The factors that influence students’ educational success may be the result of either personal qualities or external influence, but some success may be a combination of both. The Getzels and Guba (1957) model examined social behaviour that included idiographic-nomothetic dimensions, which separated the individual personality/needs disposition (idiographic) from the institutional-role expectations (nomothetic). Reworking the model in Figure 1, we see a place for both The Matthew Effect and the Pygmalion Effect in the interplay between the idiographic and nomothetic dimensions of behaviour.
Figure 1. Pygmalion: The interplay between school/teacher beliefs and student achievement
The Pygmalion Effect
Pygmalion was a Greek sculptor living on Cyprus, who according to Ovid, carved a statue of a woman who was so beautiful he fell in love with it. The goddess, Venus, responded to Pygmalion’s prayers and the statue came to life. The story became an inspiration for George Bernard Shaw who wrote the play Pygmalion, and the musical, My Fair Lady, later developed Shaw’s idea.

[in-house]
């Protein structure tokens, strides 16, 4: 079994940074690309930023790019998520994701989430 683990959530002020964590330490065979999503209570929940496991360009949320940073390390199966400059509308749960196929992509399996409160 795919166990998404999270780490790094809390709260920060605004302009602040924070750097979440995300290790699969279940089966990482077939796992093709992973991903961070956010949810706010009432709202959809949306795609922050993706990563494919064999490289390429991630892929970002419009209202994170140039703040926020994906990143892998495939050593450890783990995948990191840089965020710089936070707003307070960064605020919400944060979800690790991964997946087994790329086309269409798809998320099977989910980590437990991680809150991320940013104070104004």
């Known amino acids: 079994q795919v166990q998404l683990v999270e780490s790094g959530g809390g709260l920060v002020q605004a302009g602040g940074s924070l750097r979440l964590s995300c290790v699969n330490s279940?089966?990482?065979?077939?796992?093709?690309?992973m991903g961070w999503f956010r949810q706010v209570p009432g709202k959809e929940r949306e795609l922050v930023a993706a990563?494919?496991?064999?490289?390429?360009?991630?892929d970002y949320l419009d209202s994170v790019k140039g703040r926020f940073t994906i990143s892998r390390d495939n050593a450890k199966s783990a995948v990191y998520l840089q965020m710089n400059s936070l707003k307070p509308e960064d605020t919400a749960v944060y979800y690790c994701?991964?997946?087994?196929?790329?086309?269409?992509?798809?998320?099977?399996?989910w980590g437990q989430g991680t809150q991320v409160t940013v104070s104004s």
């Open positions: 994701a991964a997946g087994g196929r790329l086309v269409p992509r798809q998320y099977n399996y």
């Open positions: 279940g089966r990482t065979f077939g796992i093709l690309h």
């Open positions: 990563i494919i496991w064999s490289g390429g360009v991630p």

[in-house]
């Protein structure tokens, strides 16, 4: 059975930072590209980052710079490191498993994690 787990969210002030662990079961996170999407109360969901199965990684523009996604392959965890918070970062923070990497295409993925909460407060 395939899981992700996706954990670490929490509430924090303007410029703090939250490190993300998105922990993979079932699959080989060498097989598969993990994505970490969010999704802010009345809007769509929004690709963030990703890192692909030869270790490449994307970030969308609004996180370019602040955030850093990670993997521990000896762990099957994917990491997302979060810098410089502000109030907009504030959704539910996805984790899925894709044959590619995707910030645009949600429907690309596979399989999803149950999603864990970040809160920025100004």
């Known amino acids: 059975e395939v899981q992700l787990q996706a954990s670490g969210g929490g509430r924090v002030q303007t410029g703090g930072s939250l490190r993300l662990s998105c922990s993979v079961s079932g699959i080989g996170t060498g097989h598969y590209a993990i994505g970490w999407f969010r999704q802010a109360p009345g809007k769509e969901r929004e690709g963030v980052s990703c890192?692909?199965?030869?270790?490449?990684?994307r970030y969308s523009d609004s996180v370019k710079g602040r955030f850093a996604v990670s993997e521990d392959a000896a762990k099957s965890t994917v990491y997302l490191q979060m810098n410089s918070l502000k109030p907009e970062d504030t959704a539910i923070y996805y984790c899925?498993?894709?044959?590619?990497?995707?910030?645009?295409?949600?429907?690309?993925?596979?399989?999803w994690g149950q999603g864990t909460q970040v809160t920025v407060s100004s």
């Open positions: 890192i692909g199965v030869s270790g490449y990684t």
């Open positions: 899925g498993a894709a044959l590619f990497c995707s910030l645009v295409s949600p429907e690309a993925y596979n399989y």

It is interesting that Pygmalion’s wife was never named in the ancient literature, and Helen Law (1932) who examined the modern naming of Pygmalion’s wife, Galatea, concluded:
'I know of no exact parallel to this particular case, i.e. no other case in which in modern times a name not in the ancient writers has been added to a myth and the name has been so commonly accepted by popular usage that it has crept into mythological handbooks' (p. 342).
George Bernard Shaw’s play, Pygmalion, first appeared in 1913, and it tells the story of how Eliza Doolittle, a kerb-side flower seller, is transformed into an upper-class lady by learning the appropriate elocution. Shaw was a committed Fabian socialist and, at one level, he pokes fun at upper-class pretentions, but he also develops a modern variation of the Pygmalion myth in which an artist such as Henry Higgins can mould another being in his own image.
Pygmalion in the classroom. In the Preface of Rosenthal and Jacobson’s Pygmalion in the Classroom (1968), the authors made the point that the book is about self-fulfilling prophecies: “how one person’s expectation for another person’s behaviour can quite unwittingly become a more accurate simply for its having been made” (p. vii). This phenomenon is well known to teachers and they see it at work in their classrooms every day, and it is often repeated when students are asked to recall the teachers who made a real difference to their life prospects. While this book from the 1960s may upset the contemporary, politically-correct sensitivities, the message that survives relates to self-fulfilling prophecies and the importance of teacher-student professional relationships.